Do You Know Where Your Honey Comes From?

Do You Know Where Your Honey Comes From?

Do you know where your honey comes from?

We only ask because all too often overprocessed, lower quality, adulterated honey is sold as the real deal.

In fact, this month The Guardian reported that almost half (46%) of all the honey tested in the E.U. were suspected of being fraudulent. This hurts the consumer and honest beekeepers alike.

At Mickelberry Gardens, we’ve taken every measure to ensure that our honey is the best quality:

  • We only source our honey direct  from local beekeepers. We have long-standing relationships with these beekeeping families and have worked with them for many years.
  • We have built trust over the years with our beekeepers, and we utilize the principle of "Trust, But Verify". Honey that we receive undergoes several quality and authenticity tests. 
  • None of these tests are required, but we go above and beyond to ensure our honey is unadulterated and top-quality.

Here is a summary of the analytical tests that we perform on our honey and products containing honey:

  • Water Content and Brix Level - these are basic honey quality tests that we can perform in-house.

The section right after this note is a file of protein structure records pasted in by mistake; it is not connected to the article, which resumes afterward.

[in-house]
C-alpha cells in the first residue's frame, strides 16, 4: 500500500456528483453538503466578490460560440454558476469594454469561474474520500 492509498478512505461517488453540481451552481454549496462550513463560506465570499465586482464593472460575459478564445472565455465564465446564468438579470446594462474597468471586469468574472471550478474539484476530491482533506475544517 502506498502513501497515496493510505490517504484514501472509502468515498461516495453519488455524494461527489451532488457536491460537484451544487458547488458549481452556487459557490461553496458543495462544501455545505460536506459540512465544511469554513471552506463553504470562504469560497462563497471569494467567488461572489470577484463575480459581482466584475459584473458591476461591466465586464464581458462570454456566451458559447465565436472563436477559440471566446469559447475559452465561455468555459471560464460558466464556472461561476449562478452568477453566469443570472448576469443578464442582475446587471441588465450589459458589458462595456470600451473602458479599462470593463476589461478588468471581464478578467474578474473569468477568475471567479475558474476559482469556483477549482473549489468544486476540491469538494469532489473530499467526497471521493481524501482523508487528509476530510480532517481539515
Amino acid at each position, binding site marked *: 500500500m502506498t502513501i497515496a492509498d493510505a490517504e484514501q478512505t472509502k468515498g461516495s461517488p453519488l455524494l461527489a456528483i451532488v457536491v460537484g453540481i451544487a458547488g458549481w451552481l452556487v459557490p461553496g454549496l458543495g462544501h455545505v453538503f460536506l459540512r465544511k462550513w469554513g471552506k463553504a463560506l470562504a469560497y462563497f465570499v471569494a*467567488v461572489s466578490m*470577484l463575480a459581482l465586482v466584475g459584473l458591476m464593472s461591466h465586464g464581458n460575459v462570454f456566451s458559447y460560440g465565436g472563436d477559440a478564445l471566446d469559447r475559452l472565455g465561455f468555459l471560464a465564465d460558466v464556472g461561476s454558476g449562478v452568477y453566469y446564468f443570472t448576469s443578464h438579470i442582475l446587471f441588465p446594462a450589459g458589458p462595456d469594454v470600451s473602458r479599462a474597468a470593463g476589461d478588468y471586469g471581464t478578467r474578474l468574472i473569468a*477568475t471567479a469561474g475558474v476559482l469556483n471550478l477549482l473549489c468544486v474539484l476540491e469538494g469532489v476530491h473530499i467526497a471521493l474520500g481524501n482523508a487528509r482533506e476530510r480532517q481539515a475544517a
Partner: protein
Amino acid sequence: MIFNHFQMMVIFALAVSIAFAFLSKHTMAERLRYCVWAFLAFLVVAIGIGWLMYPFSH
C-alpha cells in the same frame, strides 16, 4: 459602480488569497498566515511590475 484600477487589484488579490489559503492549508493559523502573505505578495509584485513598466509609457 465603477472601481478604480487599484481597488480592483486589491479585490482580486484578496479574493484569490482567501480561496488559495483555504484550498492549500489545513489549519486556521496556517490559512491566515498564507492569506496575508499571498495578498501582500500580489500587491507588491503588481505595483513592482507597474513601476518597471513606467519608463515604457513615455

• SCIRA - this stands for Stable carbon isotope ratio analysis. It is a technique used to confirm the type of plant from which a honey or sugar syrup is made. This test can confirm whether honey has been adulterated with sugar syrup.
  • Antibiotic Profile - sometimes, beekeepers use antibiotics on their hives to combat certain diseases and infections. We test our honey to ensure that antibiotics are not present.
  • Pesticide Profile - this test looks for a suite of pesticides that are sometimes applied to honeybees by beekeepers to battle mites and other pests that attack honeybee hives.
  • USP 561 Pesticides - this is a test for the residue of 70 different pesticides used in agricultural crops.
  • HMF - this stands for Hydroxymethylfurfural, and it is a quality test for honey. HMF is an organic compound that forms in sugar when it is heated. It occurs in honey that has been over-heated. It can confirm how fresh honey is, and if it has been kept raw.

We use a contract laboratory for the majority of these tests, and some are performed in Germany.

Being aware of the issues around honey adulteration and substitution is important - the availability of cheaper, adulterated honey and the lack of clear standards make it challenging for companies and beekeepers who are selling a quality product compete.

We look forward to a future where there are clear standards set for calling a product "honey" - but until then, we'll continue to develop our own rigorous protocol to make sure the honey we offer is the best quality possible!

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